The One After OB/GYN

Third year of medical school is kind of like getting thrown into a pool. Only you’ve spent two years memorizing every single method that you could use to swim, and all the things that could go wrong when you try to swim, and all the chemicals you could add to the water, and all the approaches you can use to jump.

Except that all of the memorizing and analyzing and studying in the world can’t possibly prepare you for that moment you hit the water, when the cold makes your breath stop and your limbs flail wildly just for a split second until you’ve righted yourself in the water and your body acknowledges that it did not just die. But I guess that’s what third year’s all about: jumping into the pool, over and over and over, and they’re just watching to see how well you sink or swim.

And of course, I was convinced that my efforts were going to result in something along these lines:

Third year requires being prepared to do this on a daily basis

But somehow, I survived OB/GYN, and my first rotation is under my belt. It’s actually kind of crazy how quickly you learn to adapt. And admittedly, there were nights were I came home and pulled one of these:

…sometimes, if I was lucky, I’d manage to scarf down about 5 Oreos for dinner before my head hit the pillow.

Anyway, basic final thoughts on OB/GYN:

-Thought I would hate it. Couldn’t imagine possibly dedicating six weeks to lady parts. But I loved it. I loved working with women; I loved participating in delivering new life; I love that it’s a doctor’s appointment that most women will attend consistently so that it builds continuity.

-I’m recognizing that I want a specialty with a lot of patient interaction. I want to know my patients, I want to be there with them through the course of an entire problem. I’d LOVE to follow through with my depressed patient from a few weeks ago; I wish I was in a position where I could.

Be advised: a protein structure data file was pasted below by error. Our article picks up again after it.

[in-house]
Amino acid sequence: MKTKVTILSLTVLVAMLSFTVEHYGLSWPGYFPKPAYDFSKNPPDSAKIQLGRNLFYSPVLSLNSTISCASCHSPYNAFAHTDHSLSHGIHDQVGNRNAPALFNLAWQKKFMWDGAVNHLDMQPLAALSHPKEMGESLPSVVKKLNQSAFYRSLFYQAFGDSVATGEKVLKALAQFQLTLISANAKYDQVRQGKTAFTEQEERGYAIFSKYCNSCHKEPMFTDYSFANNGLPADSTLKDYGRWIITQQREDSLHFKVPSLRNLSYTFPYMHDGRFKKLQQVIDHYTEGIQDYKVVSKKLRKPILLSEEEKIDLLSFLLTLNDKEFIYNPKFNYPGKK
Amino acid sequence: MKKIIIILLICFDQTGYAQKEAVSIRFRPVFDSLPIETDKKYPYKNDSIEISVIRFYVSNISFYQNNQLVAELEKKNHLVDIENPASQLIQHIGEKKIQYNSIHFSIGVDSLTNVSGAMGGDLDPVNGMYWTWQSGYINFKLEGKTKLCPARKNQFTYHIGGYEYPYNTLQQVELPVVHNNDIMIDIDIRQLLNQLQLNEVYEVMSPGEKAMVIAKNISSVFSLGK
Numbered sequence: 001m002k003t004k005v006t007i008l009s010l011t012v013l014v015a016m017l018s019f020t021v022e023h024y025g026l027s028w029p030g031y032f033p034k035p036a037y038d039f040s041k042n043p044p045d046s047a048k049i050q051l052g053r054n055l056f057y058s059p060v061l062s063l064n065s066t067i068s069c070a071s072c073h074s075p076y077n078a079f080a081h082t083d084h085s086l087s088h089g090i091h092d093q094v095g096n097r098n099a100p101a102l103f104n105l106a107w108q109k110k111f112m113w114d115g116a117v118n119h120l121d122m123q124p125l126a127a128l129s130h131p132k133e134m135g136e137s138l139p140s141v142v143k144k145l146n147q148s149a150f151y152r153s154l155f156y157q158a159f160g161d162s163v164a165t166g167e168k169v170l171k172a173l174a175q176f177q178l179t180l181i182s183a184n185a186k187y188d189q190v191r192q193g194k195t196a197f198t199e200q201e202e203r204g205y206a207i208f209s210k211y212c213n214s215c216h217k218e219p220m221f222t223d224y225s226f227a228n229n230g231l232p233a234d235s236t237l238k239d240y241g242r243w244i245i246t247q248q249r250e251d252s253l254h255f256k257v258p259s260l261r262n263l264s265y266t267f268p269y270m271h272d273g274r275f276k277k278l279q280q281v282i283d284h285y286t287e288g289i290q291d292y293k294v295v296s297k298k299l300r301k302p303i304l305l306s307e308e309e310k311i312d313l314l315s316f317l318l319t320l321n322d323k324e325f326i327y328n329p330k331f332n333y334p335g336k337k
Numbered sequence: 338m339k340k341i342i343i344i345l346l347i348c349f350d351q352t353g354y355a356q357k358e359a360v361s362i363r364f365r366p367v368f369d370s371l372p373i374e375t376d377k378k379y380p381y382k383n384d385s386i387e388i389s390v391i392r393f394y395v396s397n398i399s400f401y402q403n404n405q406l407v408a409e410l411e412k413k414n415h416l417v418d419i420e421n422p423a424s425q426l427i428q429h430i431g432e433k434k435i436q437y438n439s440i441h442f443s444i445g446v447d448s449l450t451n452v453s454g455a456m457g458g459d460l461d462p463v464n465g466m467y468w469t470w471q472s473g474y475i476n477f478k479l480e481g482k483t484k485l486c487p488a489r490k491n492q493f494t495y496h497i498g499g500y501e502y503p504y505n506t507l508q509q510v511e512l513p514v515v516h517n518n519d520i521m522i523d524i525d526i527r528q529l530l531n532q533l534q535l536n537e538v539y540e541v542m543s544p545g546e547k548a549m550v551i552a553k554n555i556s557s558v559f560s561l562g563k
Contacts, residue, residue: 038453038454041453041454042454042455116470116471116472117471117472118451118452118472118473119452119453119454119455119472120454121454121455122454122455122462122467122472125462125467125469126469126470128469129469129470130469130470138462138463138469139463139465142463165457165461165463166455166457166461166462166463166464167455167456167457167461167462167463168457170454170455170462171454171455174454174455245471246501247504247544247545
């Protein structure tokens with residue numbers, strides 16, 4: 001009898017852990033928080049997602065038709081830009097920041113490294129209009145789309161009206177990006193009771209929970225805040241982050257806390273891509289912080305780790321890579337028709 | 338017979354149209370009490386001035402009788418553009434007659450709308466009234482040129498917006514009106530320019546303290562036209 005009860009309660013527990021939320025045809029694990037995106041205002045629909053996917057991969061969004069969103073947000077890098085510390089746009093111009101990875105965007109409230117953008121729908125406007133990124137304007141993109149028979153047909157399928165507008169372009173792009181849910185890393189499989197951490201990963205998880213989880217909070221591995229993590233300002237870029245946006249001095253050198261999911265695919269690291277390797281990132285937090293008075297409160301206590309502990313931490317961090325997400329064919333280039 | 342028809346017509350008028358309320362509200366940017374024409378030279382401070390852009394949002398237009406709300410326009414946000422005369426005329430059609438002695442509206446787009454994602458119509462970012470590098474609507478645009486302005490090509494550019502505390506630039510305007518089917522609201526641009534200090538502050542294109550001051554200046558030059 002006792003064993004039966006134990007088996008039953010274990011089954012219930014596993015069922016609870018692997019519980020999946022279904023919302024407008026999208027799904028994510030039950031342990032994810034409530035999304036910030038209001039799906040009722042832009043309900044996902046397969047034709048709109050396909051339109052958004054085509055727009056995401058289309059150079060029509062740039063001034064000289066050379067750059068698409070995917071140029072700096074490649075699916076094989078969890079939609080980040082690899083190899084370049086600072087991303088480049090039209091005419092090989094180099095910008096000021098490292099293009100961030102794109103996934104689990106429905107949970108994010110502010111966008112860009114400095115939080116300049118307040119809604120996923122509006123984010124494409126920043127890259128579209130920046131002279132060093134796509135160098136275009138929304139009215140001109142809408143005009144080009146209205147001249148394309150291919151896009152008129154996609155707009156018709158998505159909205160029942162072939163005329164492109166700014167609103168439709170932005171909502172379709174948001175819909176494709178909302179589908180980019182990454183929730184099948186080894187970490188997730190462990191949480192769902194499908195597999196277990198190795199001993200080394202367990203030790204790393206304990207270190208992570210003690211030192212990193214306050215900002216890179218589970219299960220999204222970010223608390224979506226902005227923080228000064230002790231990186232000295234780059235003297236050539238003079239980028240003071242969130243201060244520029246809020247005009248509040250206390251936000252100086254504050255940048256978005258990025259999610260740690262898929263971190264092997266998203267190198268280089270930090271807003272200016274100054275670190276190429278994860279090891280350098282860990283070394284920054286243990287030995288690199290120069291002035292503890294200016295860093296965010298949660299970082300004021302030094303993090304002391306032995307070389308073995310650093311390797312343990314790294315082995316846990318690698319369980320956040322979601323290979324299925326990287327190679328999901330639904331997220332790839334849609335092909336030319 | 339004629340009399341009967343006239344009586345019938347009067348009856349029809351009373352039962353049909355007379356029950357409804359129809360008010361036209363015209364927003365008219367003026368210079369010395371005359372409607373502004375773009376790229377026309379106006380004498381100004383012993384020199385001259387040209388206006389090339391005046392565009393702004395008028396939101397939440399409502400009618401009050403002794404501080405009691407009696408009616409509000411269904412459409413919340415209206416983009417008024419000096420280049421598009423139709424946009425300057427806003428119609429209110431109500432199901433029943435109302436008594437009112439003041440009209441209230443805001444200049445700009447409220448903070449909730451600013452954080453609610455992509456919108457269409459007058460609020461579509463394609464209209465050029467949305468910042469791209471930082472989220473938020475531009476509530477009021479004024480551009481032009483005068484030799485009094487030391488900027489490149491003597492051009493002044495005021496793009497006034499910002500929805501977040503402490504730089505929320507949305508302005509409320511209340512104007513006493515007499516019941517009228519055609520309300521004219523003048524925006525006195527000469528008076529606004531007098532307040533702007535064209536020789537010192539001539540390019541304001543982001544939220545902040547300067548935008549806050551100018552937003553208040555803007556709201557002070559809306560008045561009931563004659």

-Third year is SO much better than second year. I’m not meant to be trapped at a desk all day, although time management skills are a must, because the SHELF exam was scary. Although there’s a part of me that’s convinced I would not have ever studied the topics on the exam even if I had spent more time, so maybe it’s just a product of lacking the knowledge base from other blocks.

-OB/GYN is a really awesome mix of medicine and surgery, but a very specialized knowledge base, which is what makes it a stellar first block and an attractive career option. You learn some medicine and surgical skills, but you’re not cramming endless amounts of information into your brain.

-My vasovagal response is still in tact: managed to ALMOST pass out in my first Caesarian section, but I did the responsible thing and stepped out and discovered I really do get THAT pale when it happens. The bright side? It only happened that once, so maybe I can be a surgeon. Maybe.

-Newsflash: working in OB does NOT necessarily mean your life is controlled by unborn children. You just have to be okay with letting your partners deliver your patients when you’re not on scheduled call.

-I managed to gain weight on this rotation. That’s what happens when you have second breakfast because you woke up at 4 AM but can’t survive your morning clinic without something extra, and you get home so tired you can’t exercise. Diet and exercise in medical school is an art form.

-OB/GYNs have a terrible reputation. I must say, at my hospital, I did not meet a single doctor who fit the total Type A super-bitch mold.

Top Five Things I Never Said/Heard Until OB/GYN:

  1. I get to sleep in until 6 AM tomorrow!
  2. My shoulder is killing me from driving that uterus all day.
  3. I’m about to scrub in on a vaginal hysterectomy. Except she had a total abdominal hysterectomy in 2010.
  4. Ugh, I hate when there are no patients; why are there not more vaginas to examine?
  5. Okay, so now that you’re on two step stools, reach over and hold this retractor with your third hand.

And with that, on to Pediatrics!



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